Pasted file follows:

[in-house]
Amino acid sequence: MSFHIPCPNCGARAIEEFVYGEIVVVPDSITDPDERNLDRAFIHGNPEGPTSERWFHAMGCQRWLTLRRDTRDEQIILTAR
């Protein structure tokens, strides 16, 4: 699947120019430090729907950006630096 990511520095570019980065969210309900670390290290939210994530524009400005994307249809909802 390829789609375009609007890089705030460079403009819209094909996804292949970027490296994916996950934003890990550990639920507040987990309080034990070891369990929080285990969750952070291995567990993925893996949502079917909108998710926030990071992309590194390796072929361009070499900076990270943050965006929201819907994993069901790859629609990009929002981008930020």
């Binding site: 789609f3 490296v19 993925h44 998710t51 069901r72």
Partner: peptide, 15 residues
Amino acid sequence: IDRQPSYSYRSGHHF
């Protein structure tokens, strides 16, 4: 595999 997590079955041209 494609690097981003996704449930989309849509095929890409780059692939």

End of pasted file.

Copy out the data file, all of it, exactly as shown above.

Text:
[in-house]
Amino acid sequence: MSFHIPCPNCGARAIEEFVYGEIVVVPDSITDPDERNLDRAFIHGNPEGPTSERWFHAMGCQRWLTLRRDTRDEQIILTAR
């Protein structure tokens, strides 16, 4: 699947120019430090729907950006630096 990511520095570019980065969210309900670390290290939210994530524009400005994307249809909802 390829789609375009609007890089705030460079403009819209094909996804292949970027490296994916996950934003890990550990639920507040987990309080034990070891369990929080285990969750952070291995567990993925893996949502079917909108998710926030990071992309590194390796072929361009070499900076990270943050965006929201819907994993069901790859629609990009929002981008930020």
């Binding site: 789609f3 490296v19 993925h44 998710t51 069901r72």
Partner: peptide, 15 residues
Amino acid sequence: IDRQPSYSYRSGHHF
């Protein structure tokens, strides 16, 4: 595999 997590079955041209 494609690097981003996704449930989309849509095929890409780059692939």